Monday, May 28, 2012

The Pull of Gravity Goes to School(s) #4

Hey, kiddos!

It's almost summer.  And you know what that means? Summer reading!

I hope someone makes you read my book this summer and you hate me for it.

Okay, fine. That's a lie. I hope someone makes you read it and you secretly love me for it (I pretend to be tough, but I'm not. We all want to be loved, you know).

Anyway, one more TPoG school visit before I part this feature for the lazy, hazy days of June - September. I'll try to bring it back in the fall. Friday Feedback will be kicking strong through the summer. :)

Today I'm sharing  share some of the responses I got from the 9th graders in Mrs. Stotz' class at Windham Christian Academy in Maine. I'm so honored that Mrs. Stotz read TPoG aloud to her students this past winter/early spring. ** So, without further ado, here we go:

Q: What made it a good read aloud? Or what didn't... if it wasn't?

A:  What made it a good read aloud was the fact that we read it as a class. The only downside was that our teacher stopped at crucial moments in the book. - Christopher

A:  I really enjoyed the book, although the teacher seemed to enjoy reading until she got to an exciting part. - Alex

Hah! - gae

A: ... My teacher has a good narrator voice, and sometimes, she spent the whole class time reading. It was bad when she stopped at crucial cliff-hanger moments in the story. - Lauren

Hmmm... Mrs. Stotz, I see a theme developing. ;)

A: This was a very good read aloud because we would stop at the most exciting times. This made the book suspenseful and more enjoyable. - David

A: Mrs. Stotz read it with awesome different voices for each character. The book has many irony parts. - Sunny


A: I did enjoy it because it was read in a narrative tone. When it was read aloud you could feel the emotions of the characters. And at funny parts, it was emphasized and made it funnier. - Seyya

So, let me just take a second to say how amazing I think it is to constantly get feedback from students as to how well (or, um, awesomely!) their teacher reads aloud.  Middle schoolers and high schoolers alike. What a great gift to continue to share with your students!

So, next question:

Q: Did you have a favorite (or least favorite) part or character?

A: My favorite character would probably have to be Scooter a/k/a "the Scoot." His Yoda impressions always seemed to make the moment exciting. "Great you are, young Scooter." The world needs more Star Wars geeks! - Alex

A: Least favorite part: When they were in the hotel. Well, I think that is illegal...? - Hyesu 

*author coughs* Hyesu, they, um, had adjoining rooms. I think that's okay. Except for the part where their parents didn't know. But, um, yeah. *slinks away*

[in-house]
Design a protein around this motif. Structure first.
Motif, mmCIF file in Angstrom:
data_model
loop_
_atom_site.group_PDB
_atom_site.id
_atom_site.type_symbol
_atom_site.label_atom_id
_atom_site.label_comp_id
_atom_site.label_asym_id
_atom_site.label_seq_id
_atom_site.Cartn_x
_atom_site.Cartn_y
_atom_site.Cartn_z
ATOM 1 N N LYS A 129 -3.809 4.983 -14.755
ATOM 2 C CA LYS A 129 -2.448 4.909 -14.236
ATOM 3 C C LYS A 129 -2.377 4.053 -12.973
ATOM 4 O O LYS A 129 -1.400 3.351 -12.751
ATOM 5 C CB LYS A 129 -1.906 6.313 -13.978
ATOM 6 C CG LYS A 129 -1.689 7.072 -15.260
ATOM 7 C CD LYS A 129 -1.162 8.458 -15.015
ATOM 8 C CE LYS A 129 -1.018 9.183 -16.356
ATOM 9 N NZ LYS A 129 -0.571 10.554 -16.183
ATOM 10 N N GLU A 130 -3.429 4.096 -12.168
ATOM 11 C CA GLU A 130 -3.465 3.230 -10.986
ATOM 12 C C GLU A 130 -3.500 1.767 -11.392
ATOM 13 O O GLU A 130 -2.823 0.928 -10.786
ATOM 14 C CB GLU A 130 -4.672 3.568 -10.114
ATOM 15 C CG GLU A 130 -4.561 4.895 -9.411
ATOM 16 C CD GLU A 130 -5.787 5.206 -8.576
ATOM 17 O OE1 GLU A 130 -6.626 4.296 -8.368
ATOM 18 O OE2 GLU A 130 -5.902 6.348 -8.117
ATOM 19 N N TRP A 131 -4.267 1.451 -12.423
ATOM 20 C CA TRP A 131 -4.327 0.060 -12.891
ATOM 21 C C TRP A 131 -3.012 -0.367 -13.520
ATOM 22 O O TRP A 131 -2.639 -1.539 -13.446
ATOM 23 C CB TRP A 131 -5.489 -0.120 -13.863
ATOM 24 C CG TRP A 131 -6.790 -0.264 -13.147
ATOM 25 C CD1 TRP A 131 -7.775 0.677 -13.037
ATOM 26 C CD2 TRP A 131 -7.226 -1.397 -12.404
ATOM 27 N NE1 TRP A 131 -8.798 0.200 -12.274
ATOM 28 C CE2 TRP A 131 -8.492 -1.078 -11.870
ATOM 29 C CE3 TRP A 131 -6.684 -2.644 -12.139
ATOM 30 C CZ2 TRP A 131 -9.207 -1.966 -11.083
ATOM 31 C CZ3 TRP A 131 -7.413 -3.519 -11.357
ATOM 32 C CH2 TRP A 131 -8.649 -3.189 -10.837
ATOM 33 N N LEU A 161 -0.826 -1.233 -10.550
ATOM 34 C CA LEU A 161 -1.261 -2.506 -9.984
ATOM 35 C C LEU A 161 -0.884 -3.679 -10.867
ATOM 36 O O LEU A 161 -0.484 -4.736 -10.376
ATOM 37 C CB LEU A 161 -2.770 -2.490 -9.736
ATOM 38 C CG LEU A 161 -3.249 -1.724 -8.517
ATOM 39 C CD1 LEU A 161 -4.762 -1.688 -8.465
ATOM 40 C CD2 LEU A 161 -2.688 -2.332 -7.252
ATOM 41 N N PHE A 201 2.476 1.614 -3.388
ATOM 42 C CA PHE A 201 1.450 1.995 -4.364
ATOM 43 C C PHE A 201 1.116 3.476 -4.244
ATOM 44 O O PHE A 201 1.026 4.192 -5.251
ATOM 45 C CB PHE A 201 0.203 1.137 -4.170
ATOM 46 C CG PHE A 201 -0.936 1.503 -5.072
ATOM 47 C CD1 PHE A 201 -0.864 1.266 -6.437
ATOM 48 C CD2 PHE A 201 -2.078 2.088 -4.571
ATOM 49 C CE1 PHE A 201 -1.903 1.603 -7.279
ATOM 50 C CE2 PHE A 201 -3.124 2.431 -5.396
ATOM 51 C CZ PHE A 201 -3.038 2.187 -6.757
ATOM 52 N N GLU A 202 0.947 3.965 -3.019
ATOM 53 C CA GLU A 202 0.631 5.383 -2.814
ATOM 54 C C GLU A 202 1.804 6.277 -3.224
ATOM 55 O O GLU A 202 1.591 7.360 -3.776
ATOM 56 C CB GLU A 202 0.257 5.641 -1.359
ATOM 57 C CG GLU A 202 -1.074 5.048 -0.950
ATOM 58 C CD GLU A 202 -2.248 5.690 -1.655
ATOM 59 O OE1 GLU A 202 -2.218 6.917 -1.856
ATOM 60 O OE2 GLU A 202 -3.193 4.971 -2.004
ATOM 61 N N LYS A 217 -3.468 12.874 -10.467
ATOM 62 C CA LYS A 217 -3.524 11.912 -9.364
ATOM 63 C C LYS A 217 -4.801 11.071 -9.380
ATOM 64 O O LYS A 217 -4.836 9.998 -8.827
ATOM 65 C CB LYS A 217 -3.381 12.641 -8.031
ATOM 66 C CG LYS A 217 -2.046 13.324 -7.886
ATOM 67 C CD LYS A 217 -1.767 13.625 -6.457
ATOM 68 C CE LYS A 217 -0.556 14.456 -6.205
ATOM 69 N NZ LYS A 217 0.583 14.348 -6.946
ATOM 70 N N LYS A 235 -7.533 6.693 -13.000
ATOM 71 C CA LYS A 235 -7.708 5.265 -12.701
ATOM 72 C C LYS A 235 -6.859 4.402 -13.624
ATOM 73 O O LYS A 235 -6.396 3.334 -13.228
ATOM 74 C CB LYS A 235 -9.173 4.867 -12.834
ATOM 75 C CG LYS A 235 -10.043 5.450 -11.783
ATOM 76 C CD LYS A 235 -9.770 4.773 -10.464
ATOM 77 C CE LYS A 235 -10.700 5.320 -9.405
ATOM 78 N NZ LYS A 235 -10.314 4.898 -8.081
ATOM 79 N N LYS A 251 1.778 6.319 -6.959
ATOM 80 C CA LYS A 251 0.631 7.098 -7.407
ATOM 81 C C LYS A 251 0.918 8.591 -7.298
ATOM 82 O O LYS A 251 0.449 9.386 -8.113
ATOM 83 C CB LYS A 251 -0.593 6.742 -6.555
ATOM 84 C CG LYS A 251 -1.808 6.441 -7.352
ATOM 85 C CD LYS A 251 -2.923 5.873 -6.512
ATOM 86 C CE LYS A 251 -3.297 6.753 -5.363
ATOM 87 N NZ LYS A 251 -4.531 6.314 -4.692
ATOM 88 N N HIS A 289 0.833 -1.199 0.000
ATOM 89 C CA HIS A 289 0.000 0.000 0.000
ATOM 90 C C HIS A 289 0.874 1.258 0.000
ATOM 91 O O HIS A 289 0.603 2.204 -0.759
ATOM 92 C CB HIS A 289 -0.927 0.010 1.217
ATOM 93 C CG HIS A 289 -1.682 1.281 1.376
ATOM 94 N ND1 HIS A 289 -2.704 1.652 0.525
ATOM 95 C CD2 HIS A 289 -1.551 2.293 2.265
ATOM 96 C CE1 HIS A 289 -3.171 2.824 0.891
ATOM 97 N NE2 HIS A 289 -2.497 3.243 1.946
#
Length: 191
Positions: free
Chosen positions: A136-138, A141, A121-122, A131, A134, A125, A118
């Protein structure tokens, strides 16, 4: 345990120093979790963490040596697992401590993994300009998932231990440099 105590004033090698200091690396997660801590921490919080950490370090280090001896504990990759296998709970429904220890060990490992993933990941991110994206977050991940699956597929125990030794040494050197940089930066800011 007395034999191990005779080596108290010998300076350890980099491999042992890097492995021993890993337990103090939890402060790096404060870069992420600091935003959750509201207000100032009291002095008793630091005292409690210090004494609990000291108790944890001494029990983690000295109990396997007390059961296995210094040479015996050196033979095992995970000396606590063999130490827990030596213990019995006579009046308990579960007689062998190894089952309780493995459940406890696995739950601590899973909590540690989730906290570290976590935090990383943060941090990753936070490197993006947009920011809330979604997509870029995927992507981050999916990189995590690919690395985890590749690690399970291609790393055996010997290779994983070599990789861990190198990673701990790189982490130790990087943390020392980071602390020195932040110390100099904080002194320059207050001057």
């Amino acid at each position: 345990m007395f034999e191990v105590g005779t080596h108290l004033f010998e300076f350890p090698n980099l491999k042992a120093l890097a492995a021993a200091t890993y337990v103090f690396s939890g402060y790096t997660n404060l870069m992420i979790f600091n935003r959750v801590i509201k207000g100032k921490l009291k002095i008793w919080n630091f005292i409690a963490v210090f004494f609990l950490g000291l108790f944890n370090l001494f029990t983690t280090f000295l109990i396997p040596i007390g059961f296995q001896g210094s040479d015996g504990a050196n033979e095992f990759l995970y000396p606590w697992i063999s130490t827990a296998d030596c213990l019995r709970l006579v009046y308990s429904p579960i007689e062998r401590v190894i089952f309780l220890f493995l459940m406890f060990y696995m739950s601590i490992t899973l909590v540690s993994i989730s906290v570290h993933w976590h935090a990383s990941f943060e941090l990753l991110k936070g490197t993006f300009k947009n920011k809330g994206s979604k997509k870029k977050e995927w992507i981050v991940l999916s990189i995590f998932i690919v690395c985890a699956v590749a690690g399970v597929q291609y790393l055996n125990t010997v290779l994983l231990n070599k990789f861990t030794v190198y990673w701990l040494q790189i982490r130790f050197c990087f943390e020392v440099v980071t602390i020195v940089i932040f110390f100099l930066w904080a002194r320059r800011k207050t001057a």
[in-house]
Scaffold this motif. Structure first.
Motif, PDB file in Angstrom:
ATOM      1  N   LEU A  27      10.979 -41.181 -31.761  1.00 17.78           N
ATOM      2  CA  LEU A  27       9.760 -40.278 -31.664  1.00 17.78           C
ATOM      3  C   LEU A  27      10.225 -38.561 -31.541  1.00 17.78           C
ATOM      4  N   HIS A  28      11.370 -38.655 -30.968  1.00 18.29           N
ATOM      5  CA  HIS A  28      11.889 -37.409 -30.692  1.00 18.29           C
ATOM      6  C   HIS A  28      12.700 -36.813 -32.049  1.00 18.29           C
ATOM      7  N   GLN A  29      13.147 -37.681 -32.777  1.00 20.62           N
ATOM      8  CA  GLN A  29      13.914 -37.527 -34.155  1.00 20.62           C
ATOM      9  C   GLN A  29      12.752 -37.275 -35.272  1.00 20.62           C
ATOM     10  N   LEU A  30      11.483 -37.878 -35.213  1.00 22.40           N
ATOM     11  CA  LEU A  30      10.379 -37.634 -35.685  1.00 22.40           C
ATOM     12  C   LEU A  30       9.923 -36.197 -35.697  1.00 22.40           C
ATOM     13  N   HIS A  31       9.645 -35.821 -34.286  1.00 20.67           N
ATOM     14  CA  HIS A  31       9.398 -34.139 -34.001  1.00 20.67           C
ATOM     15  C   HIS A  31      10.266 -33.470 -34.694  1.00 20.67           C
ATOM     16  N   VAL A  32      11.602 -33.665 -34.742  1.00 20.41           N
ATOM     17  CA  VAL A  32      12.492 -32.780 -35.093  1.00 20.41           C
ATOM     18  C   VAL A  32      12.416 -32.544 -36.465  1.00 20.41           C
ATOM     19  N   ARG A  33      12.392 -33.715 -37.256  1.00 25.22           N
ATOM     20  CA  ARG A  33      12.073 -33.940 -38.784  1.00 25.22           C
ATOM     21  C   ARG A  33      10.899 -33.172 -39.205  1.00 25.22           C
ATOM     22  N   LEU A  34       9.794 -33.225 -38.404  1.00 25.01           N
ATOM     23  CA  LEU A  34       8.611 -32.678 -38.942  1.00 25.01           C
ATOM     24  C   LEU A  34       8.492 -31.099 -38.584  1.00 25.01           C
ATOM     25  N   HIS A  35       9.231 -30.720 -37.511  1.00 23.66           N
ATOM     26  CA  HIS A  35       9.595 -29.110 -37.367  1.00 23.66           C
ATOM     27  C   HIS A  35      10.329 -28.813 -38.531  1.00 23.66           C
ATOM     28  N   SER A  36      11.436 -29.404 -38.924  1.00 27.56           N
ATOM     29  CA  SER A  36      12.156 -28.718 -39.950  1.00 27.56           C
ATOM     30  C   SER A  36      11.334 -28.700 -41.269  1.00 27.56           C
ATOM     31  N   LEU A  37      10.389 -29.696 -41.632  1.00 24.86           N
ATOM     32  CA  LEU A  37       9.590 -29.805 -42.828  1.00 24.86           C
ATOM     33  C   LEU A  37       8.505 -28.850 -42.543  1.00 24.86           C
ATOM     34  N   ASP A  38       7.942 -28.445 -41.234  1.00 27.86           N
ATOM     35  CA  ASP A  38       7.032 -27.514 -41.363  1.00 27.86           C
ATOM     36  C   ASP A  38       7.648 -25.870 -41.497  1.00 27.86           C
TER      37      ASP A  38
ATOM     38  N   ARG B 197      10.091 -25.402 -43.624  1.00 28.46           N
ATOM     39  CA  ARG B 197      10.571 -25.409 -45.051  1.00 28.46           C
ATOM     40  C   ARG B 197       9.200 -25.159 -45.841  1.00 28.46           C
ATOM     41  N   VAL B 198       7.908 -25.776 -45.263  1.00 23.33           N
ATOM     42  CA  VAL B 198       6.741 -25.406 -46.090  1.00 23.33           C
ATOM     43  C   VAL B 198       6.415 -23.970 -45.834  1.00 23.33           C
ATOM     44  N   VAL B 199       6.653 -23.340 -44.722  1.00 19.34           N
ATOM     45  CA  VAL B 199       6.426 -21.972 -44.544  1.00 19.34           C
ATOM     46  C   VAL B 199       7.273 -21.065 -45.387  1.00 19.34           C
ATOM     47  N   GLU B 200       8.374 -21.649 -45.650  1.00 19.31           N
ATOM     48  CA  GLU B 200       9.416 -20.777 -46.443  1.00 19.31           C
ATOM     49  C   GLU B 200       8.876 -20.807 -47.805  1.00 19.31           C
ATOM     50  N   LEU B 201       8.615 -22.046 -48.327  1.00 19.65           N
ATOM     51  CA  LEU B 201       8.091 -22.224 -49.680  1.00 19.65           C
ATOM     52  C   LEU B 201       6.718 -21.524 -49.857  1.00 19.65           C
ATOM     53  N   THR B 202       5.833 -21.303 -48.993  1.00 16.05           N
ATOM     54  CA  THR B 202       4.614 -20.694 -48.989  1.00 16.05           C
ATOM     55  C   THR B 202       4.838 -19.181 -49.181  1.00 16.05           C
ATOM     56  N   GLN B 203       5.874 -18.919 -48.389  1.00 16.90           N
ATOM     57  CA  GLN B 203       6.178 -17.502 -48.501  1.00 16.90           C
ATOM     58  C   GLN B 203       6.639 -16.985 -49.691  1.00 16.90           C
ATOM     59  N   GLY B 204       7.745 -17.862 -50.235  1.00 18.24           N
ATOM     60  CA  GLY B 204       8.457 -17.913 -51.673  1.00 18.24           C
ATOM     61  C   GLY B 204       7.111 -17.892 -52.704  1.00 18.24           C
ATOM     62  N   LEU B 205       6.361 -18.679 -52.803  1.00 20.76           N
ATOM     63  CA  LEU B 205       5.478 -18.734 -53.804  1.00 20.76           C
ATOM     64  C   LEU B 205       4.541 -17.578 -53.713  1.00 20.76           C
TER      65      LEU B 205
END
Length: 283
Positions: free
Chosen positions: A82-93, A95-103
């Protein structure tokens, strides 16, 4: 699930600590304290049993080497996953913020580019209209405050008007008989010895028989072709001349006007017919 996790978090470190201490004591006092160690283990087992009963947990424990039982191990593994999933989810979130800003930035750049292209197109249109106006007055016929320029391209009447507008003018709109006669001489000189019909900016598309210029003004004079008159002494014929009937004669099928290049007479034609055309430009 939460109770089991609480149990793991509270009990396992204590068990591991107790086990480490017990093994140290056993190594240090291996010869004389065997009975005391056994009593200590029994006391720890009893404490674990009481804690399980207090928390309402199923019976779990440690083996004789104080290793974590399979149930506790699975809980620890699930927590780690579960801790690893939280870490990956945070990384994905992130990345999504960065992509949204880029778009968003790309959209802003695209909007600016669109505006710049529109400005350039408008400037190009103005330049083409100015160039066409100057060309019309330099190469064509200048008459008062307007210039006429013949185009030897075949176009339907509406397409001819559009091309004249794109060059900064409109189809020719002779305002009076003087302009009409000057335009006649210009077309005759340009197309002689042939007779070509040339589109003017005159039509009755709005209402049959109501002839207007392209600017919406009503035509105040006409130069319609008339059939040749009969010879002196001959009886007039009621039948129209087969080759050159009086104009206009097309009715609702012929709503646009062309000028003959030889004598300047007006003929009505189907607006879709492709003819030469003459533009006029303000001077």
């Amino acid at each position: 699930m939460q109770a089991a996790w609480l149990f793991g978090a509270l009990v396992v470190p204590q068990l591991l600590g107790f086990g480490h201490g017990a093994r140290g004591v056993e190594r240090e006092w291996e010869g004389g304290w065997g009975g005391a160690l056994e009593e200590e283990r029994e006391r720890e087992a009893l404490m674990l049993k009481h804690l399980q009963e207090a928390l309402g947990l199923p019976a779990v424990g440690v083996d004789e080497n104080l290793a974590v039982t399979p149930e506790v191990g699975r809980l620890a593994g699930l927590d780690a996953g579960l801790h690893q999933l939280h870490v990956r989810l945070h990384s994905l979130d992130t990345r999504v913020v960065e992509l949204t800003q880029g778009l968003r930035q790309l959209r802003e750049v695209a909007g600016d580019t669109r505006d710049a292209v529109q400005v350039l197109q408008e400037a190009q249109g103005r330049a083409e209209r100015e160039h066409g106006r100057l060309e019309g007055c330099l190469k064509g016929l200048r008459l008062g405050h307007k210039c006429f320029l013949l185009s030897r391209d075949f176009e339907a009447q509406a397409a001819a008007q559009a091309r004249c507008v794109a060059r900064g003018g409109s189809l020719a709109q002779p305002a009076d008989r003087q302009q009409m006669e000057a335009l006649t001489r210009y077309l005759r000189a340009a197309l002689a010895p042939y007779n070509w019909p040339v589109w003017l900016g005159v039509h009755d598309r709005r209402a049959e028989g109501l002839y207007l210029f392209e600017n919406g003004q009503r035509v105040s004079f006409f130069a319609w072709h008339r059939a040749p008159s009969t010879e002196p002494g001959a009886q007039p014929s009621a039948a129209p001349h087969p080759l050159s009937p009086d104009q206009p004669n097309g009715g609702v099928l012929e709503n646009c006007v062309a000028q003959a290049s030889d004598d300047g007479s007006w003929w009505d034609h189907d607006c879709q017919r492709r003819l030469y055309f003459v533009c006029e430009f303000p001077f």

A:  I like Jaycee the most. Some of the ways she dresses -- crazy jewelry, cool clothes -- reminds me of me. I thought she had a really cool personality and depth to her. My least favorite was Nick's dad because he walked out on his family. - Lauren

A: My favorite character was probably Jaycee because she seemed kind. Jaycee was also weird. Troll necklaces??? - David

Um, you mean like this, David:

That was at my book release party, and, yes, my troll
is gold, glittered and bejeweled. My sister made it for me.

A: I didn't like when Nick found out about his dad. - David too.

A: I liked Jaycee. She speaks really fun and honestly. It was fun she knows everything that Nick thinks. - Sunny

Q: Mrs. Stotz class read The Pull of Gravity after they read Of Mice and Men. I asked them, "How did you feel about the references?"

A: I really liked the Of Mice and Men references. The Pull of Gravity was kind of like a modern day version of the novel in several ways. - Alex

A: We had read OMAM before, and it was funny to recognize the references. - Lauren

A: It is more cute. - Hyesu

A: The Pull of Gravity helped to explain some of the things that were happening in the book (OMAM) and added a touch of humor to the book. - Christopher

And, last but not least, my most favorite question:

Q: Did any part of the story make you laugh?

A: Made me laugh quite a bit. - Christopher

A: Yes, many parts ... I believe there was one part about Nick thinking he was being chased by a giant noodle? If so, I thought that was funny because it seemed like giant food was really taking over the world (reference to Cloudy with a Chance of Meatballs). - Alex


wait for it...

come on, we had to bake them for someone,

drum roll....................... and brownie points go to........................

A: When you asked if any part of the story made us laugh, it totally sounded like a trick question. Our whole class was literally laughing out loud whenever we read the book. I loved how you are so good at mixing in humor and drama, and it really made an enjoyable read. Thank you! - Heather

What can I do but give Heather the last word? Thanks to all the awesome 9th graders who participated from Windham Christian Academy! And a HUGE thank you to Mrs. Stotz for choosing The Pull of Gravity as a read aloud.

- gae

** if you'd like to read the other TPoG Goes to School(s) posts in the series, you may find them here:

1 comment:

  1. Gae--As a mom who is often disappointed with the books my kids have to read for school as well as the perfunctory way that they are assigned & presented, I read this with great pleasure and hope. May ALL schools turn their kids on to books the way this one did, and long may you & the Pull of Gravity "run."